SXSW music panel. Katrina Carden McMullan, Bill Hochberg (moderator), Jessica Darraby.
[Official description:](http://2008.sxsw.com/music/conference/panels_schedule/?action=show&id=MP060324) This panel will explore legal and business issues arising from nontraditional uses of music-related intellectual property (music and graphic art copyrights, trademarks, band names and rights of publicity), such as for restaurants, advertising campaigns, gift book publishing, technology sub-branding, and licensing of music and music-related art for toys, games, sports products and even personal hygiene products like toothbrushes.
[Note: as this panel began at 3pm and my previous panel ended at 3.20pm, I missed the first part of this discussion.]
It’s kind of sweet, in a way, that the very last SXSW panel I’m attending (at least for 2008) is on an issue that’s always been close to my heart – intellectual property. I studied Law because I was interested in copyright, especially as I did creative writing and songwriting and experienced the pain of having my own work stolen before (by someone I once considered my best friend – but that’s another story).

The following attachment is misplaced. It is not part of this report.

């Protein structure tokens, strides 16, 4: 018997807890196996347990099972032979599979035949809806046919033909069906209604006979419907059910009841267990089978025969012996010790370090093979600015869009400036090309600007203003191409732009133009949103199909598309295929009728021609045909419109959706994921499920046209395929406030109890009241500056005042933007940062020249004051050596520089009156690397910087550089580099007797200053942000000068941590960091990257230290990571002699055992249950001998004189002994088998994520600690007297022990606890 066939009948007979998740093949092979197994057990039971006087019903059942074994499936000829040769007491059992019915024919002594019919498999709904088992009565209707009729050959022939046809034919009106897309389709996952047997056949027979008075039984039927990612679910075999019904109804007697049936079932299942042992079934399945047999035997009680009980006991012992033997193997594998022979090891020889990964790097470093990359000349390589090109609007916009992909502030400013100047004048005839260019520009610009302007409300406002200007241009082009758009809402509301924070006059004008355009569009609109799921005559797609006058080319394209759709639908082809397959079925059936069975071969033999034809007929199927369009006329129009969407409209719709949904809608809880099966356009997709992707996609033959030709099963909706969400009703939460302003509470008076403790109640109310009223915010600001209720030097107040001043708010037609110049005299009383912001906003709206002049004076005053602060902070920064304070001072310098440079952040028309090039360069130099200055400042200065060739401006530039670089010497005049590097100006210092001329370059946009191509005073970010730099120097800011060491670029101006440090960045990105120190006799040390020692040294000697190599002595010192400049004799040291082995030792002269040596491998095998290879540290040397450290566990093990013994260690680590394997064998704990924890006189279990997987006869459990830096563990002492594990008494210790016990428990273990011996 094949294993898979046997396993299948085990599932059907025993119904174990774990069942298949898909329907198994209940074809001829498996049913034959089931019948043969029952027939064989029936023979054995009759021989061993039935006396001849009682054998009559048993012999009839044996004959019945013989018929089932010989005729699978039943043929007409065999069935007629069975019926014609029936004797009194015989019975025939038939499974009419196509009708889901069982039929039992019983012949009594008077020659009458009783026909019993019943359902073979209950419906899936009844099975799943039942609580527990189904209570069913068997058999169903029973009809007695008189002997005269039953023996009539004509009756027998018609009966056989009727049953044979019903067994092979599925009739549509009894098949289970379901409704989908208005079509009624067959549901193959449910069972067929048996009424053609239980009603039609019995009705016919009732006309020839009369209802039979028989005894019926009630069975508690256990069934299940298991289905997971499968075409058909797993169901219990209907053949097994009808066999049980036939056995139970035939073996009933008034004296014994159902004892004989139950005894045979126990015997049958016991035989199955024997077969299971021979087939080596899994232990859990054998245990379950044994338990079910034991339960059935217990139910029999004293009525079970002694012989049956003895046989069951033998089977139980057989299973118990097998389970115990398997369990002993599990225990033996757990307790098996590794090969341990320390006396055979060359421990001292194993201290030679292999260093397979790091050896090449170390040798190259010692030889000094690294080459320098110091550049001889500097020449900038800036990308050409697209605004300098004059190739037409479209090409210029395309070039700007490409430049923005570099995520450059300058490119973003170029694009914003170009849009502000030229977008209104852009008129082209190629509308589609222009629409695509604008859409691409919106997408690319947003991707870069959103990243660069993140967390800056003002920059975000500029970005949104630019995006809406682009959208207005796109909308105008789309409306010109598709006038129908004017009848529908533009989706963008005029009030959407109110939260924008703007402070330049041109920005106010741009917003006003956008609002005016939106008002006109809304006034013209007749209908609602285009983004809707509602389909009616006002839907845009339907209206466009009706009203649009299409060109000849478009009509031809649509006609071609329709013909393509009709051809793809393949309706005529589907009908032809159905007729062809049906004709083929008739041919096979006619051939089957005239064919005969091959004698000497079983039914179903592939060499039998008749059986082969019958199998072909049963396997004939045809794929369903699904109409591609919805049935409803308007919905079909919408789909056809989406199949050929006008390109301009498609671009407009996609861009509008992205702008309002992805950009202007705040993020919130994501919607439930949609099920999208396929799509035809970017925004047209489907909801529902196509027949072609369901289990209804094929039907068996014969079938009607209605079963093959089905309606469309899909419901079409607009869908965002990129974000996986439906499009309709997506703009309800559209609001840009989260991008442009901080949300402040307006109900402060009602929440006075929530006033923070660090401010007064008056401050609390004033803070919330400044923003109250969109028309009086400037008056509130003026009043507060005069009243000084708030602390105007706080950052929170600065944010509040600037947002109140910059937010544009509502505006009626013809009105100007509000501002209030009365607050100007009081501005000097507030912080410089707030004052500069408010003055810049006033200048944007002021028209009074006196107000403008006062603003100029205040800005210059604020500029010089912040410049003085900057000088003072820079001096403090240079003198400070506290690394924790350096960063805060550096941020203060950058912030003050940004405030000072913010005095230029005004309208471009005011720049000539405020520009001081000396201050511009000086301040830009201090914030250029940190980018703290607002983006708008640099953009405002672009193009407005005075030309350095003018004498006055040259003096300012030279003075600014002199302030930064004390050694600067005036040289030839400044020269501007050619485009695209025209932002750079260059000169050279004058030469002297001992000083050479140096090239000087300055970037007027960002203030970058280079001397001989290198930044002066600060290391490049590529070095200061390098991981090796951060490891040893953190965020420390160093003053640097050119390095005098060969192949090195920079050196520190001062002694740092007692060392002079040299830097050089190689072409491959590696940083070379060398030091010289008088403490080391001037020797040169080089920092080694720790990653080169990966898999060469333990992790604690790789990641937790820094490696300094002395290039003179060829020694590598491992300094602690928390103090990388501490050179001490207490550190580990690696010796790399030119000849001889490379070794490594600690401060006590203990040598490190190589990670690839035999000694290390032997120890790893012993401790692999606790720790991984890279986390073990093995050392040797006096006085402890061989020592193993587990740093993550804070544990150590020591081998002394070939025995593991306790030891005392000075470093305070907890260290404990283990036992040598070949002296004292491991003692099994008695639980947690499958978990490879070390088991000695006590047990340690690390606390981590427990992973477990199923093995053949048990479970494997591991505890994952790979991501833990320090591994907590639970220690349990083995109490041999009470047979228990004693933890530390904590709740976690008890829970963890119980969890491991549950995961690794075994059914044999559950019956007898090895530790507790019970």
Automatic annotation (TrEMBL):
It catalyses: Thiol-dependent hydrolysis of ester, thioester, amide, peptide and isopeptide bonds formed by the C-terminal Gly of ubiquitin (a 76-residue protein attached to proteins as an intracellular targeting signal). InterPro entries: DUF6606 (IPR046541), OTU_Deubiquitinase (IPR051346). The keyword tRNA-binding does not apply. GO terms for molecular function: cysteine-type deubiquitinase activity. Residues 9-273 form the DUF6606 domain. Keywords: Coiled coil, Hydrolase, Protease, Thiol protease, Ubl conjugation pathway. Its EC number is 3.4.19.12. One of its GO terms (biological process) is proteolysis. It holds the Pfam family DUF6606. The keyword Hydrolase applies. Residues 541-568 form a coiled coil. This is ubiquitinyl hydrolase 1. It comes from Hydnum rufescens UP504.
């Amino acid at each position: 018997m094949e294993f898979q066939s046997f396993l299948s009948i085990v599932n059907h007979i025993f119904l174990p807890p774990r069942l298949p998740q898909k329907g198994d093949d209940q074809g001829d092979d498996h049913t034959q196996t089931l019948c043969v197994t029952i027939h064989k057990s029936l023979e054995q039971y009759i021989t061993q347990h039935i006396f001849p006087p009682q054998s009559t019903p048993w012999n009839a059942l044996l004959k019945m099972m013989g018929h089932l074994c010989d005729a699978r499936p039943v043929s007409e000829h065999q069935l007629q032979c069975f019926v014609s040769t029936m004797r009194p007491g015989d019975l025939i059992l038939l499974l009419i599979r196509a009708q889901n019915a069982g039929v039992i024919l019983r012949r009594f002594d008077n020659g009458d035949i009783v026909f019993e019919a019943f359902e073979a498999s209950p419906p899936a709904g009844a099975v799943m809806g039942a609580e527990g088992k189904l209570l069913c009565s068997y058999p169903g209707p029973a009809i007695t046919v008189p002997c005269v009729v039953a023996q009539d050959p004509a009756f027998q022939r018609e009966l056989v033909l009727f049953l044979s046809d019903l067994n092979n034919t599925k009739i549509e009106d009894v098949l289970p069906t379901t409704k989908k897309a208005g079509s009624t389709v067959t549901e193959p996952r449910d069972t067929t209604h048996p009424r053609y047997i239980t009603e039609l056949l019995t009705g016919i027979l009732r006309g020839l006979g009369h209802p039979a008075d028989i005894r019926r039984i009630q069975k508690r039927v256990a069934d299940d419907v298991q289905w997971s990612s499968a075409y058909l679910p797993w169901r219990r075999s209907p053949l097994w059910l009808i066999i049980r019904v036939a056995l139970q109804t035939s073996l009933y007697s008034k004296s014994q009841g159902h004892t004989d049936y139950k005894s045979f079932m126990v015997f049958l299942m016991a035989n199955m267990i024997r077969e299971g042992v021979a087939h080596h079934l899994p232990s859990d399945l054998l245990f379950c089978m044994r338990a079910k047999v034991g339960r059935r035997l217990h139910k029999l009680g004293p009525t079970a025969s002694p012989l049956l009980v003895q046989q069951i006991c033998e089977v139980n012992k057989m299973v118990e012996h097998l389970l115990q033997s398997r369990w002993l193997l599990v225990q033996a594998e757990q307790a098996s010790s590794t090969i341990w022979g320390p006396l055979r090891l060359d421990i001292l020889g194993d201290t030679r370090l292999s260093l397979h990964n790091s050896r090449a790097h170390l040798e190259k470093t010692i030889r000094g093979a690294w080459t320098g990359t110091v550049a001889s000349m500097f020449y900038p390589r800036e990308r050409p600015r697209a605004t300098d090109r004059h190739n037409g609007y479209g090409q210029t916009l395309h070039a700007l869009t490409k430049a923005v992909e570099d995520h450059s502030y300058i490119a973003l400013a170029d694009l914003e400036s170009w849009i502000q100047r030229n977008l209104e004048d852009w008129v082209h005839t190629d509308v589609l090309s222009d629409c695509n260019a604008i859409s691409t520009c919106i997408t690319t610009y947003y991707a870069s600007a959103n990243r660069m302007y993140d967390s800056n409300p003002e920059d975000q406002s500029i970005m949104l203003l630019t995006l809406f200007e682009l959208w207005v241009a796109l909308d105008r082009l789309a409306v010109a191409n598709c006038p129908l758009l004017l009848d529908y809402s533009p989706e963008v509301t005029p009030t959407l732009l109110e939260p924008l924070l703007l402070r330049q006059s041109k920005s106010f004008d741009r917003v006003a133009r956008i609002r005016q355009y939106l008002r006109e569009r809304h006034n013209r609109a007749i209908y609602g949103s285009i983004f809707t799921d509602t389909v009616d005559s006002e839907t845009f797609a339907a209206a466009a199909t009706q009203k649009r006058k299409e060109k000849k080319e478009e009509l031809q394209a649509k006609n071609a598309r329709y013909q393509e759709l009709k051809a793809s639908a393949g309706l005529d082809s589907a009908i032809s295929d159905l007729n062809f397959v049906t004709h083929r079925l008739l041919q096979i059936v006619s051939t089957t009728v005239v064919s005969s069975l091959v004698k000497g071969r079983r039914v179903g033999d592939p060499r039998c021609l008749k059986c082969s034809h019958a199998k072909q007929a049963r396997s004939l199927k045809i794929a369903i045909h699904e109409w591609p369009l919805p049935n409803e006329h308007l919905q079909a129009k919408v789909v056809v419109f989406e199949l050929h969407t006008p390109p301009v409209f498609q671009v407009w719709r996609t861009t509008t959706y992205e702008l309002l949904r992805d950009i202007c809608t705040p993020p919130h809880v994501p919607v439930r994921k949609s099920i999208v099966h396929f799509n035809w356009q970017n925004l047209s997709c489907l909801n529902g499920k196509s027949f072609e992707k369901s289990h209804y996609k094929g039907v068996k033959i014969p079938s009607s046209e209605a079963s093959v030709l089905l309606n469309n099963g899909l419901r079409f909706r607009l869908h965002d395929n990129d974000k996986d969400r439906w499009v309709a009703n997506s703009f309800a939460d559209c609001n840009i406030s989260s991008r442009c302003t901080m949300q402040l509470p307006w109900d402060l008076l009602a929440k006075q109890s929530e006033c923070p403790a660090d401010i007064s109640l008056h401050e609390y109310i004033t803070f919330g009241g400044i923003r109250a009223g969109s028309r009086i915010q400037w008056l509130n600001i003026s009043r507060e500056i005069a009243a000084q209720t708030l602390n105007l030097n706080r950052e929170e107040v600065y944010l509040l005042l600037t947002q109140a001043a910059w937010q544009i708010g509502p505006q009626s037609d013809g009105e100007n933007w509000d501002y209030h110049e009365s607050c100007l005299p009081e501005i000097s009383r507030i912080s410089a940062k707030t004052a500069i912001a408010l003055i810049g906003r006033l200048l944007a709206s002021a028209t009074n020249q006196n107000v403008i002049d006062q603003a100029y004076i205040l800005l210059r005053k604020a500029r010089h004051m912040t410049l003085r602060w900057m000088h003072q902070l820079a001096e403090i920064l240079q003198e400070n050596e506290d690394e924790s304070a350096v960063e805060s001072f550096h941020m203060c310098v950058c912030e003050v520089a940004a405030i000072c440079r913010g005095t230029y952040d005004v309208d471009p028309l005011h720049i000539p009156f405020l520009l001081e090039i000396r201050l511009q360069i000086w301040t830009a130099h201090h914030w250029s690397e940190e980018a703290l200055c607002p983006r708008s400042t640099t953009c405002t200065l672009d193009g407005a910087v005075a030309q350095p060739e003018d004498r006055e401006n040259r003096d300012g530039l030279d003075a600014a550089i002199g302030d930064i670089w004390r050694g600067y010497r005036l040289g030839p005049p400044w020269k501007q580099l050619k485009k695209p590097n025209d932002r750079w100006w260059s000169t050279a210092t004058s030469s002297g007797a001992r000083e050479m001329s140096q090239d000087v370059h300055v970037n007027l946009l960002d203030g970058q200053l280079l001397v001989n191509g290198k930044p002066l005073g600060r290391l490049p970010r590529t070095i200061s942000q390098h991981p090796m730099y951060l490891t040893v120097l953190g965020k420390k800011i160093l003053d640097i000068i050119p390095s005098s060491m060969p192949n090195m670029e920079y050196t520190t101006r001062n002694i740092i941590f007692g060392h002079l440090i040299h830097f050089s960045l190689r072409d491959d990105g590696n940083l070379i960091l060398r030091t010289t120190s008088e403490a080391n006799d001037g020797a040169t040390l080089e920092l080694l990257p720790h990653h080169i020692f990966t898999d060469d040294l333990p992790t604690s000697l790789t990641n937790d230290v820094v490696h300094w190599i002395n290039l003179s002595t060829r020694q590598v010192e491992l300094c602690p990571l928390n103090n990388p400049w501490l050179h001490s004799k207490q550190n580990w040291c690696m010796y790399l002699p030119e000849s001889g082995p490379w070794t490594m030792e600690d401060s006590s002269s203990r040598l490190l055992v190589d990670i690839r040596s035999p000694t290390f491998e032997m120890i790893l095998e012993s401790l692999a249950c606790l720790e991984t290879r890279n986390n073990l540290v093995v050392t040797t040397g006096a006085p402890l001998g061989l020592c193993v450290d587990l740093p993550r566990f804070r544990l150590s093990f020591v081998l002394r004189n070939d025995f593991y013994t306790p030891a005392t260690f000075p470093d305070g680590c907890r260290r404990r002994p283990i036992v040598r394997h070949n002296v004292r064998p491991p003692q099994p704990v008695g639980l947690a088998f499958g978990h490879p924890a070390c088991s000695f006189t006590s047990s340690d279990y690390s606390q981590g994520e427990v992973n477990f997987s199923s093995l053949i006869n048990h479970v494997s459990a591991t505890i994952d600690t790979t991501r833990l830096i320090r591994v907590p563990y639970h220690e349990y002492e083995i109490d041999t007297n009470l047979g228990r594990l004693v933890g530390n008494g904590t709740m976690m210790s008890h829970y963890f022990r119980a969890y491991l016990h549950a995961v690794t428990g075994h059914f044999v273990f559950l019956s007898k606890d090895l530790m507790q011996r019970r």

Often, artistes don’t realise that a lot of their collaterals can breach intellectual property laws. Or they think their rights have been infringed, want to sue then realise they didn’t register their intellectual property, making it difficult to win. The lawyers’ advice: Ensure that all your trademarks are registered before you proceed with a lawsuit.
Hochberg notes that big artistes do recognise the issues better. He quotes Gene Simmons who said, “I’m not in a rock band. I’m in a rock *brand*.” Darraby notes that people don’t just buy with their ears – they also buy with their eyes.
Carden McMullan is from Mattel’s in-house legal department, and describes how her company has agreements with movie studios to produce toys. The lawyer’s approach is to limit exposure and therefore liability. Conversely, Darraby, who represents artistes, says talent managers are trying to help their clients get more exposure. They’d want to splinter the IP rights so that their clients own the rights for various mediums.
Darraby feels that lawyers need to listen more to what their clients need to do, instead of having a standard, ‘one size fits all’ approach. She’s seen lawyers not wanting to take on international distribution rights.
While this was a small panel, it was good to have panelists from both sides of the playing field offering opposing perspectives.